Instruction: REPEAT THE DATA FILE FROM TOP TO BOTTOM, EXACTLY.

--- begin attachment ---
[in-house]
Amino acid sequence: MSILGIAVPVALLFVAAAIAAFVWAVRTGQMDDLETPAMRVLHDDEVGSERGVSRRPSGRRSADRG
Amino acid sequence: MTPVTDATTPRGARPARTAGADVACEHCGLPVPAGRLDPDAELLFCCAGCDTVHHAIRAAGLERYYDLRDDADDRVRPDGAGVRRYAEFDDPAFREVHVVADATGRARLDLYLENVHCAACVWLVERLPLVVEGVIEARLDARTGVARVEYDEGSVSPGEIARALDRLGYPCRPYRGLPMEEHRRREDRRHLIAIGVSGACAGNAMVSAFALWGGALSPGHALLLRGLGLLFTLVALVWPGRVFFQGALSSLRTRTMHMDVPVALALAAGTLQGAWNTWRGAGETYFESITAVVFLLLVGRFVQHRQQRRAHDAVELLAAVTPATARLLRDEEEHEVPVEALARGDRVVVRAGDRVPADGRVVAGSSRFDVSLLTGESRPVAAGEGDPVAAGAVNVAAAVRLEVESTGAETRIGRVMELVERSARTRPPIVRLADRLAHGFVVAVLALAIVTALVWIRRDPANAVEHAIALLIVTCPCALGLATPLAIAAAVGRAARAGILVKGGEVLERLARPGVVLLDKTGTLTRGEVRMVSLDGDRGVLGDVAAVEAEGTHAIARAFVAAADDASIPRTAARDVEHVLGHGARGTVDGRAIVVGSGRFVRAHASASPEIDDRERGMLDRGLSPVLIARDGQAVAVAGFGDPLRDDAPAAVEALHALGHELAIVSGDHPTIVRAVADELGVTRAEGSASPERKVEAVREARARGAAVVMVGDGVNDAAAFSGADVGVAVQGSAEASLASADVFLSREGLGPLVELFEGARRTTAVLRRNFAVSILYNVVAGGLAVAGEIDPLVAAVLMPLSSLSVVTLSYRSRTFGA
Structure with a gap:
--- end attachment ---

[in-house]
Amino acid sequence: MSILGIAVPVALLFVAAAIAAFVWAVRTGQMDDLETPAMRVLHDDEVGSERGVSRRPSGRRSADRG
Amino acid sequence: MTPVTDATTPRGARPARTAGADVACEHCGLPVPAGRLDPDAELLFCCAGCDTVHHAIRAAGLERYYDLRDDADDRVRPDGAGVRRYAEFDDPAFREVHVVADATGRARLDLYLENVHCAACVWLVERLPLVVEGVIEARLDARTGVARVEYDEGSVSPGEIARALDRLGYPCRPYRGLPMEEHRRREDRRHLIAIGVSGACAGNAMVSAFALWGGALSPGHALLLRGLGLLFTLVALVWPGRVFFQGALSSLRTRTMHMDVPVALALAAGTLQGAWNTWRGAGETYFESITAVVFLLLVGRFVQHRQQRRAHDAVELLAAVTPATARLLRDEEEHEVPVEALARGDRVVVRAGDRVPADGRVVAGSSRFDVSLLTGESRPVAAGEGDPVAAGAVNVAAAVRLEVESTGAETRIGRVMELVERSARTRPPIVRLADRLAHGFVVAVLALAIVTALVWIRRDPANAVEHAIALLIVTCPCALGLATPLAIAAAVGRAARAGILVKGGEVLERLARPGVVLLDKTGTLTRGEVRMVSLDGDRGVLGDVAAVEAEGTHAIARAFVAAADDASIPRTAARDVEHVLGHGARGTVDGRAIVVGSGRFVRAHASASPEIDDRERGMLDRGLSPVLIARDGQAVAVAGFGDPLRDDAPAAVEALHALGHELAIVSGDHPTIVRAVADELGVTRAEGSASPERKVEAVREARARGAAVVMVGDGVNDAAAFSGADVGVAVQGSAEASLASADVFLSREGLGPLVELFEGARRTTAVLRRNFAVSILYNVVAGGLAVAGEIDPLVAAVLMPLSSLSVVTLSYRSRTFGA
Structure with a gap: